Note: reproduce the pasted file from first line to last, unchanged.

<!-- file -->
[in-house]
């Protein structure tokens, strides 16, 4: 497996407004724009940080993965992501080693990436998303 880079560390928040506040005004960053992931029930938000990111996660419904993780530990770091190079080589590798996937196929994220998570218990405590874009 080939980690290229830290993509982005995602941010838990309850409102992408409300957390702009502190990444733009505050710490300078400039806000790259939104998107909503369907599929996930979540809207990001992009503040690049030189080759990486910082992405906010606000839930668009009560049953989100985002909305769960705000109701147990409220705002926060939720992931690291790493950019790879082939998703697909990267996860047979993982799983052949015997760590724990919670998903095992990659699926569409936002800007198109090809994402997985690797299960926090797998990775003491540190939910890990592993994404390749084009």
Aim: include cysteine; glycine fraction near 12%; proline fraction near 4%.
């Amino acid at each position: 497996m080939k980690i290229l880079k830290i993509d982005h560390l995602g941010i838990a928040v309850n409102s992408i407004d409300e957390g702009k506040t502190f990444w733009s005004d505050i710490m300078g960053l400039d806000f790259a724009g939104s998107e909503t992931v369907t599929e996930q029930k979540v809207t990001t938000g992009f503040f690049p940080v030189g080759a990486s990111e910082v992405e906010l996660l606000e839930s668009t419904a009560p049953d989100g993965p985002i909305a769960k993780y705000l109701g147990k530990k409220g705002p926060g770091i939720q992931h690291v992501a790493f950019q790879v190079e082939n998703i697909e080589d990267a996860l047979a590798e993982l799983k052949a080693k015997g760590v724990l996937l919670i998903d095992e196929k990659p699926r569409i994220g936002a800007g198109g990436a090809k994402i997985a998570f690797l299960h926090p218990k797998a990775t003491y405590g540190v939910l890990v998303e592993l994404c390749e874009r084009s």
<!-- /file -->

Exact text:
[in-house]
């Protein structure tokens, strides 16, 4: 497996407004724009940080993965992501080693990436998303 880079560390928040506040005004960053992931029930938000990111996660419904993780530990770091190079080589590798996937196929994220998570218990405590874009 080939980690290229830290993509982005995602941010838990309850409102992408409300957390702009502190990444733009505050710490300078400039806000790259939104998107909503369907599929996930979540809207990001992009503040690049030189080759990486910082992405906010606000839930668009009560049953989100985002909305769960705000109701147990409220705002926060939720992931690291790493950019790879082939998703697909990267996860047979993982799983052949015997760590724990919670998903095992990659699926569409936002800007198109090809994402997985690797299960926090797998990775003491540190939910890990592993994404390749084009």
Aim: include cysteine; glycine fraction near 12%; proline fraction near 4%.
């Amino acid at each position: 497996m080939k980690i290229l880079k830290i993509d982005h560390l995602g941010i838990a928040v309850n409102s992408i407004d409300e957390g702009k506040t502190f990444w733009s005004d505050i710490m300078g960053l400039d806000f790259a724009g939104s998107e909503t992931v369907t599929e996930q029930k979540v809207t990001t938000g992009f503040f690049p940080v030189g080759a990486s990111e910082v992405e906010l996660l606000e839930s668009t419904a009560p049953d989100g993965p985002i909305a769960k993780y705000l109701g147990k530990k409220g705002p926060g770091i939720q992931h690291v992501a790493f950019q790879v190079e082939n998703i697909e080589d990267a996860l047979a590798e993982l799983k052949a080693k015997g760590v724990l996937l919670i998903d095992e196929k990659p699926r569409i994220g936002a800007g198109g990436a090809k994402i997985a998570f690797l299960h926090p218990k797998a990775t003491y405590g540190v939910l890990v998303e592993l994404c390749e874009r084009s």